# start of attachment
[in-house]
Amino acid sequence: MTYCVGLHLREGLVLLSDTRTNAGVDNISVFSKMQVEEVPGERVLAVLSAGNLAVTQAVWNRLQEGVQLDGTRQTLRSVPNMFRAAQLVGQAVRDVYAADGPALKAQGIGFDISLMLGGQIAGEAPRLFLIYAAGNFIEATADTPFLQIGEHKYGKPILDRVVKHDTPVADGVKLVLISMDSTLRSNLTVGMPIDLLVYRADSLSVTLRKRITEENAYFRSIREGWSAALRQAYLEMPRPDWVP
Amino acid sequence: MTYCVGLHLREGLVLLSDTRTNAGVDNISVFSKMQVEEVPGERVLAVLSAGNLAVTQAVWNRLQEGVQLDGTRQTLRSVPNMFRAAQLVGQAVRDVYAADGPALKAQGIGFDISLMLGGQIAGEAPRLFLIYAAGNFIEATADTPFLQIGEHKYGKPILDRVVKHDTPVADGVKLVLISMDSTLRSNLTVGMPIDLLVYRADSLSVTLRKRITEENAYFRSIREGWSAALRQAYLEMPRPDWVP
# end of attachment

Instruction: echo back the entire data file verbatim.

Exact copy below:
[in-house]
Amino acid sequence: MTYCVGLHLREGLVLLSDTRTNAGVDNISVFSKMQVEEVPGERVLAVLSAGNLAVTQAVWNRLQEGVQLDGTRQTLRSVPNMFRAAQLVGQAVRDVYAADGPALKAQGIGFDISLMLGGQIAGEAPRLFLIYAAGNFIEATADTPFLQIGEHKYGKPILDRVVKHDTPVADGVKLVLISMDSTLRSNLTVGMPIDLLVYRADSLSVTLRKRITEENAYFRSIREGWSAALRQAYLEMPRPDWVP
Amino acid sequence: MTYCVGLHLREGLVLLSDTRTNAGVDNISVFSKMQVEEVPGERVLAVLSAGNLAVTQAVWNRLQEGVQLDGTRQTLRSVPNMFRAAQLVGQAVRDVYAADGPALKAQGIGFDISLMLGGQIAGEAPRLFLIYAAGNFIEATADTPFLQIGEHKYGKPILDRVVKHDTPVADGVKLVLISMDSTLRSNLTVGMPIDLLVYRADSLSVTLRKRITEENAYFRSIREGWSAALRQAYLEMPRPDWVP